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  1. Susumu Logo

    When Rachata Powell first came to learn to sew with us at Sew In Brighton she had no previous sewing experience. Fast forward a year later and she’s now running her own business making and selling her own clothes! We caught up with her to quiz her on what inspired her to start sewing, build her own business and how she’s getting on.

    Rachata Powell

    When & why did you learn to sew?
    I was a complete beginner when I first started in April last year. I had an idea of selling some trousers inspired by the traditional clothing worn by villagers in Thailand, but, in hiring someone to make these I wouldn't make any profit. So I decided to learn how to sew so I could make them myself.

    What was your inspiration to start up a clothing brand?
    At first I wanted to try and see if I could sew, then I started having fun making various things from trousers and dresses, to bags and hats. The more things I made, the more inspired I got. So I thought it would be great to make my own brand of clothing and start selling them because I now I had made so many items, I had enough to fill a shelf.

                    Susumu Apron                    Dog Kimono Susumu                  Samurai Trousers Susumu

    Who makes the clothes you sell?
    I still make all the clothes myself. My unique selling point is that everything is a "handmade product".

  2. We interview our Overlocking and Alterations teacher, professional machinist Carrie White...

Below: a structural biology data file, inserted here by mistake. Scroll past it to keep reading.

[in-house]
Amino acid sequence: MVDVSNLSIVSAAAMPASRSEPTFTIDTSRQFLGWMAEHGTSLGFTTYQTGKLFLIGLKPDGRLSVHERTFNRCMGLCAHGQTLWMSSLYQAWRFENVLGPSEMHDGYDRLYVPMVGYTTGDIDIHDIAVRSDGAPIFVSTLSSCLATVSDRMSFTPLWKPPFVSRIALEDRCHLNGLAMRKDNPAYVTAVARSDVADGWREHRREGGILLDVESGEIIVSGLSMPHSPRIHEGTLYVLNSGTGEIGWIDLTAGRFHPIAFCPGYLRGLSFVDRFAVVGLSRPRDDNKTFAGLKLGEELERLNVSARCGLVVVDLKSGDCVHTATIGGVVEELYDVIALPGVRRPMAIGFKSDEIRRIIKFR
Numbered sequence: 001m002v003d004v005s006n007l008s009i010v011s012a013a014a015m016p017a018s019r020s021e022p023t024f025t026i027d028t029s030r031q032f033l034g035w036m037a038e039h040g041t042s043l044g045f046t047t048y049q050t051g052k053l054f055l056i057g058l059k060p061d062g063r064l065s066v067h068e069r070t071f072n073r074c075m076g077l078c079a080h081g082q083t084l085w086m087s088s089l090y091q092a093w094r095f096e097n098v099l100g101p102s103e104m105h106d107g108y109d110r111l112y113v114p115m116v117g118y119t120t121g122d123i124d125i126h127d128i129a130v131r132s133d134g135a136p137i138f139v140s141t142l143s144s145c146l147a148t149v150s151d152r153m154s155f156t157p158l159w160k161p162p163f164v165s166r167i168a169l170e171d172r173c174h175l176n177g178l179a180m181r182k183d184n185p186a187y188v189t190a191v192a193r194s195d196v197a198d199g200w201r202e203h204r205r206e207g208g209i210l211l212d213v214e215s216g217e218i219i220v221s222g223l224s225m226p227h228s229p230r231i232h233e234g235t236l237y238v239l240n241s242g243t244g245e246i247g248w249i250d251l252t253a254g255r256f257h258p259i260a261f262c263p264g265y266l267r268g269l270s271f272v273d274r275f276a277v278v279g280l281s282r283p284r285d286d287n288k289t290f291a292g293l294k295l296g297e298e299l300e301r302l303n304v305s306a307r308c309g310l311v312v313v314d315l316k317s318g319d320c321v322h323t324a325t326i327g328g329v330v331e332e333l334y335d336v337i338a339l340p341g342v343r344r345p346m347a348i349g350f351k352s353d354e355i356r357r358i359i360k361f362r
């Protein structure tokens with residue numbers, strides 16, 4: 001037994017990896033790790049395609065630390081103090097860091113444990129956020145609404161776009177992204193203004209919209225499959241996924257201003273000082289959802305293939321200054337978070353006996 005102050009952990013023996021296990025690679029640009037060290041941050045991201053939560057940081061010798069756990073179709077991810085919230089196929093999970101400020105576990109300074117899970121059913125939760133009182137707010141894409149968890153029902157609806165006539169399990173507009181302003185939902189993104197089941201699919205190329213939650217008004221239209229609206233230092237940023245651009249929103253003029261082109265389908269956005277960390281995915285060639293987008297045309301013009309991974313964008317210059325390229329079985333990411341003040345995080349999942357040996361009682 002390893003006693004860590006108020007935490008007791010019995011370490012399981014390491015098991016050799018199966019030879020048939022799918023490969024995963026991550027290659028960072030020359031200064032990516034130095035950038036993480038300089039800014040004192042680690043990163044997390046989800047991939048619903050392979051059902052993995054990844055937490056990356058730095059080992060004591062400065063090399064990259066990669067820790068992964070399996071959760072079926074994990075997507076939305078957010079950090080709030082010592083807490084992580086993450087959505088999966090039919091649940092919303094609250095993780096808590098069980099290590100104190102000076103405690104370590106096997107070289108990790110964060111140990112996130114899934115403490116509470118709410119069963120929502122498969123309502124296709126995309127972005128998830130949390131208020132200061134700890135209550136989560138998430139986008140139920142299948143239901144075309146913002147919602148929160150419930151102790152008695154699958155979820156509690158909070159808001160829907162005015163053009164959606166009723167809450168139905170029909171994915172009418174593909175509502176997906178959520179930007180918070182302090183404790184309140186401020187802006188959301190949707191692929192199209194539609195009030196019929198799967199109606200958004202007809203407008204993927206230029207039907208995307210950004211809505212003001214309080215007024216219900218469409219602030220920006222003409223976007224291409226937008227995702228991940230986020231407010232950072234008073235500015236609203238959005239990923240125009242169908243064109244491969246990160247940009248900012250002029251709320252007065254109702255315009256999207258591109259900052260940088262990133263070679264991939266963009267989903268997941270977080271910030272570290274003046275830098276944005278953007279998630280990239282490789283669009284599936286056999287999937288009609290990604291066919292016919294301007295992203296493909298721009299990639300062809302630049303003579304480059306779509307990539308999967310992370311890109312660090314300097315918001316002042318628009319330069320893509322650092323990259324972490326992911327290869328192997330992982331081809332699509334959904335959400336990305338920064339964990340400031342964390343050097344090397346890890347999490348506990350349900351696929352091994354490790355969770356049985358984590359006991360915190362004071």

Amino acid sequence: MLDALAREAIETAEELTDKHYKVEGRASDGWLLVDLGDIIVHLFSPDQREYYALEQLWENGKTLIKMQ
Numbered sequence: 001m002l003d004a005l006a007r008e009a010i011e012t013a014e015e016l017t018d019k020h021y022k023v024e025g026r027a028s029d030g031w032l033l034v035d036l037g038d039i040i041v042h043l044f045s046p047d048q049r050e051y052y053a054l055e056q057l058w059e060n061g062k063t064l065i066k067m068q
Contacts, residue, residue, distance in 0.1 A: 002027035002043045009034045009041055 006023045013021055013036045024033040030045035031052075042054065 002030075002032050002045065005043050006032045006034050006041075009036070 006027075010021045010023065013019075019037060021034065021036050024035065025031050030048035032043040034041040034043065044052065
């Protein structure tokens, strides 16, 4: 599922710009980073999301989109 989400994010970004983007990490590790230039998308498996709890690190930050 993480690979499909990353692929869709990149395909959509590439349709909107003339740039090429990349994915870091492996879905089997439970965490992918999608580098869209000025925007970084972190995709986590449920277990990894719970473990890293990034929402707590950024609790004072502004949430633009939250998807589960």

carrie white Love Your Overlocker workshop - Sew In Brighton overlocker workshop resized

    How did you get into sewing for a living, how long have you been doing it?
    I've been sewing for about 15 years and doing it professionally for around 6 years. It took quite some time for me to realise I could do it for a living. I was working in an office and making things in my spare time, and at some point I figured out that I was happier sewing than I was at my job. I studied Costume Production at a theatre school in London and when I left I decided to go into the wedding dress industry. I contacted various bridal shops in my area, got some experience with them and have been making and altering dresses ever since.

    What do you do in your sewing jobs?  What sort of garment alterations do you do in your usual working week?
    The main bulk of my work is altering dresses, all sorts of dresses! Cotton, chiffon, jersey, velvet, silk, I've altered them all. Every now and again I'll make a dress but I like the quick turn around with alterations. The most common alteration is taking up hems - ladies come in all different heights and prefer all different shoe heights too so about 75% of all long dresses will need shortening. The next most common alteration is lifting the shoulders, this can make such a difference to the fit of a dress but is not always the most obvious change to make. 

    How do you use overlockers in your job?